God’s instructions are clear and simple. “Wives, submit to your husbands as to the Lord . . . Husbands, love your wives, just as Christ loved the church and gave himself up for her . . . Husbands ought to love their wives as their own bodies . . . However, each one of you also must love his wife as he loves himself, and the wife must respect her husband.”
What a clear and simple plan! Wives are to show humble, respectful love to their husbands at all times, just like believers do to Jesus. Husbands are to act as leaders and to show self-sacrificing love to their wives at all times, just like Jesus did for us. “Do that,” I tell people, “And everything will be just fine.”
The last paragraph of the second lesson today is similar. God’s instructions for children and parents are also clear and simple. “Children obey your parents in the Lord . . . Fathers, do not exasperate your children, instead, bring them up in the training and instruction of the Lord.”
What a clear and simple plan! Children are to obey the fourth commandment and thus obey their parents. Parents are to be patiently and lovingly instructing and training their children. “Do this,” we can tell children and parents, “And everything will be just fine.” Read the rest of this entry
Devotion Text: Ephesians 5:21-6:4
“But mom! She was touching my stuff!”
Anyone who has ever been around multiple children knows this fact: territory and privacy comes at a premium. Whether it’s the dastardly little brother who always seems to find his sister’s diary or the children who bristle at their parents’ intrusion, the more people that share a house the more trouble there seems to be.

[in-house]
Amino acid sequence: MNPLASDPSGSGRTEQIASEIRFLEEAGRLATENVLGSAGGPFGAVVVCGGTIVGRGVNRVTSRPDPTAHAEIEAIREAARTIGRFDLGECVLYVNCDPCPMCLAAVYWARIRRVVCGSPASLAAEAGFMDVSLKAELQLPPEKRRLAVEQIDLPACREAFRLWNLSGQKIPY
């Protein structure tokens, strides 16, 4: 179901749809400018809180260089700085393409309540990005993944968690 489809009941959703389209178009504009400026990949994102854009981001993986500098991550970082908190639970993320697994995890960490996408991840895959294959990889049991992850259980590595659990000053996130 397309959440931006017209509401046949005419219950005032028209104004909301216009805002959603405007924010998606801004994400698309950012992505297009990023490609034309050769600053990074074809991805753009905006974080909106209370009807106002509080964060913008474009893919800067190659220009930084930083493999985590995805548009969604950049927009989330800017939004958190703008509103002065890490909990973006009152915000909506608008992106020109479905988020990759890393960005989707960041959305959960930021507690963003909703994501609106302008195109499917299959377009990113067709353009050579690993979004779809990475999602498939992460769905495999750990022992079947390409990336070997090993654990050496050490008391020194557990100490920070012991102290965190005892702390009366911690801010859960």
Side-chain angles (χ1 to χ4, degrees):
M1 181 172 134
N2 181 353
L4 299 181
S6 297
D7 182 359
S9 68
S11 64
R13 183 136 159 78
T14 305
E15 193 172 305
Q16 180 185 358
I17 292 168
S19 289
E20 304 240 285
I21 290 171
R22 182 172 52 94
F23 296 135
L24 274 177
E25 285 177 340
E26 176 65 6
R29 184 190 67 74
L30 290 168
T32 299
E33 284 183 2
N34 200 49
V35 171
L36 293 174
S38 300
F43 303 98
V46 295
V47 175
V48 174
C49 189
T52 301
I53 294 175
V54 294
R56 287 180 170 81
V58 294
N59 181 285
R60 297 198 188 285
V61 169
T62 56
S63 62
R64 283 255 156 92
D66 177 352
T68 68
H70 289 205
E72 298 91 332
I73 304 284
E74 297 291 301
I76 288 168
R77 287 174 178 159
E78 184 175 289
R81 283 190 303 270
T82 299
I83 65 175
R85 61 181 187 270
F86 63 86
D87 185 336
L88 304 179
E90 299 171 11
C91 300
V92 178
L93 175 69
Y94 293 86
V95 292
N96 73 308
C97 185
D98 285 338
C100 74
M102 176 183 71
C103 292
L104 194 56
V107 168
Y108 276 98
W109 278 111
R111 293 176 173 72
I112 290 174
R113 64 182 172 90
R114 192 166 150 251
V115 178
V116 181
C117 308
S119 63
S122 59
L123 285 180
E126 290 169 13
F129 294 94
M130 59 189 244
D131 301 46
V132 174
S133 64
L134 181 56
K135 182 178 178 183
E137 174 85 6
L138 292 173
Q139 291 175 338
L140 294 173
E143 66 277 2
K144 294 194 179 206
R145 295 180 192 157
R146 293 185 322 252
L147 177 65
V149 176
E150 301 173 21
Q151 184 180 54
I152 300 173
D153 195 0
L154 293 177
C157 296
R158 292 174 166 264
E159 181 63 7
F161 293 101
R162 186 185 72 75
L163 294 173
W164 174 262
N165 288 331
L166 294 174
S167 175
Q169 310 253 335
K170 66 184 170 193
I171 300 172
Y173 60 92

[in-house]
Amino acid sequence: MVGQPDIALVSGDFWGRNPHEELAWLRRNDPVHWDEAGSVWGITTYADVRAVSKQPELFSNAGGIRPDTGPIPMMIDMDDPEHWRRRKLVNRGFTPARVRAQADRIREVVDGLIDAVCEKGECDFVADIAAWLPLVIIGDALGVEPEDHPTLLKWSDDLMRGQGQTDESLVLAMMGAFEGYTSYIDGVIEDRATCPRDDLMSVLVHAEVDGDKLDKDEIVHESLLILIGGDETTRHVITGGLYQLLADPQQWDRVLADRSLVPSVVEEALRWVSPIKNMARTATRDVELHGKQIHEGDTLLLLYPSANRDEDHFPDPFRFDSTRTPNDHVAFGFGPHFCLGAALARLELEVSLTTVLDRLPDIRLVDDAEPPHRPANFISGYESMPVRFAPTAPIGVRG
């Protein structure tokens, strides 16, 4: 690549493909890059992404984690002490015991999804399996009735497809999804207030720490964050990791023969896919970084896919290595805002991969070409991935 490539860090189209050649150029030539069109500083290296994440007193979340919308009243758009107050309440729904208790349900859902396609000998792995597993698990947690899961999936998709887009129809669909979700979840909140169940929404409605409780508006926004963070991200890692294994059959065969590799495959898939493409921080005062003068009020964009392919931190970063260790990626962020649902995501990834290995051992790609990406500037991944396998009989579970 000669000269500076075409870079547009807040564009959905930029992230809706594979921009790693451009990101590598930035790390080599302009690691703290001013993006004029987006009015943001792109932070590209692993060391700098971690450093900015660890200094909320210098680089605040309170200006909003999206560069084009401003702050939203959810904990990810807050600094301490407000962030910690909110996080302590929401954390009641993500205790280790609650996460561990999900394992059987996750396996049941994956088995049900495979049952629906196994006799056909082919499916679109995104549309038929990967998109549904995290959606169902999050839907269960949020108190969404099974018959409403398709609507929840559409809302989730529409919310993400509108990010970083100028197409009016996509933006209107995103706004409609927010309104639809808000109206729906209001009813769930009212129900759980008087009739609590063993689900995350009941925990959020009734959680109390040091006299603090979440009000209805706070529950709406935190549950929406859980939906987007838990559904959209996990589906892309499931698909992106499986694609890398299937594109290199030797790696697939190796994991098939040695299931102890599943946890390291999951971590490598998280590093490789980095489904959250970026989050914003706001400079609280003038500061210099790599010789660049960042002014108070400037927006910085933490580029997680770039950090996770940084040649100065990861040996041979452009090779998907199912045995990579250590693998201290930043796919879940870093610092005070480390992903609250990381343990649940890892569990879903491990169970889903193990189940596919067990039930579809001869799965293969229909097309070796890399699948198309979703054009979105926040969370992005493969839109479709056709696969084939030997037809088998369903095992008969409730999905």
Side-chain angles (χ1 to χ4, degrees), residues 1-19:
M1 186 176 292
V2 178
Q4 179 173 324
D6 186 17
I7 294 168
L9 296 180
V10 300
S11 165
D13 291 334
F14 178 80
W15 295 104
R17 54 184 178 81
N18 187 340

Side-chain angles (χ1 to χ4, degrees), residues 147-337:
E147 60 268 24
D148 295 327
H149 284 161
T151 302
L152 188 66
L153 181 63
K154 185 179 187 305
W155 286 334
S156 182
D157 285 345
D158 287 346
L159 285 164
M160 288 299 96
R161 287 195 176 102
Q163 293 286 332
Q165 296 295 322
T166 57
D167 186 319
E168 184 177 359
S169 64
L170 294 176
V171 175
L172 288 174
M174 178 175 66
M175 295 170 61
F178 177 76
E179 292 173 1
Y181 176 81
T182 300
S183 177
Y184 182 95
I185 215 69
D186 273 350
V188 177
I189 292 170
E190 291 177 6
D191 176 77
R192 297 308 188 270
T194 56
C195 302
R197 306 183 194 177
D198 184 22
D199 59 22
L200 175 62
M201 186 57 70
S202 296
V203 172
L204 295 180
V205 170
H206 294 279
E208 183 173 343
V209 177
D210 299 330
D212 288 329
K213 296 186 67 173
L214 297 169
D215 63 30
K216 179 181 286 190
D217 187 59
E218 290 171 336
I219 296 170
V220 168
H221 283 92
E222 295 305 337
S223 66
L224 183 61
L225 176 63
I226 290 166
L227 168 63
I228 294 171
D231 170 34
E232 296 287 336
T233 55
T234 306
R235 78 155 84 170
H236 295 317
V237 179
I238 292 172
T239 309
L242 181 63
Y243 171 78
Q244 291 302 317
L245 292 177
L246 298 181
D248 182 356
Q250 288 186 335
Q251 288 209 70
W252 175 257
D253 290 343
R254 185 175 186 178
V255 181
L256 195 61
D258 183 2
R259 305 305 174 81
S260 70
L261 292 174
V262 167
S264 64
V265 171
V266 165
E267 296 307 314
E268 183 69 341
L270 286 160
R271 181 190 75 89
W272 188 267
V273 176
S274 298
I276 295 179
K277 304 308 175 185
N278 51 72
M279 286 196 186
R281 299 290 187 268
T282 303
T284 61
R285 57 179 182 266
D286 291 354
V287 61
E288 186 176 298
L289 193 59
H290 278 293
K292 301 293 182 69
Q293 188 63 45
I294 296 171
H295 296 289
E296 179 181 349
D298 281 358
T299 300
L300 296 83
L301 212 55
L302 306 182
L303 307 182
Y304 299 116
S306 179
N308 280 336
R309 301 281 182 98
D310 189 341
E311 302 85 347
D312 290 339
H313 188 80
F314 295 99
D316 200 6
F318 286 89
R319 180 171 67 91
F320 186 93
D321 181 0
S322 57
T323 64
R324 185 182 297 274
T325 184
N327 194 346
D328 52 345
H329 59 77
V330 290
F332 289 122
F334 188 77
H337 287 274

So, our admonition today–along with the many great admonitions in Paul’s letter to the Ephesians–is: stop reading each other’s mail!
How many husbands wish their wives were more submissive, yet fail to love them as Christ loved the church. How many wives beg for their husbands to be more self-sacrificing, but take the leadership role that is reserved for men? How many fathers would get the obedience they desired if they worked harder on “not exasperating” their children. How many children bring the exasperation upon themselves by consistently disobeying and failing to honor their parents.
Here’s a hint, it’s all of them.
We live in a world dripping with sin and seeped in selfish ambition. These words in Ephesians are not meant to be held up to others, they are meant to be held up to ourselves! We have so little room to quibble with how the other members of our family have failed to live up to the expectations here when we have so terribly failed ourselves.
Instead, we love each other. We don’t love because the objects of our love have merit. Neither are we loved because of any merit in us. We love, selflessly, to mirror the love shown to us by Christ. Only Christ’s selfless love gives us the motivation to love one another and only Christ’s love gives us the model.
Prayer: Forgive me Lord, for all of the times I have failed to love my family in the ways which you have commanded. Let my heart be filled with forgiveness for them as well Lord, for the times I have not felt their love. Gracious Lord, come quickly to take us to be with you where our love will be made perfect along with all things. In your name, Amen.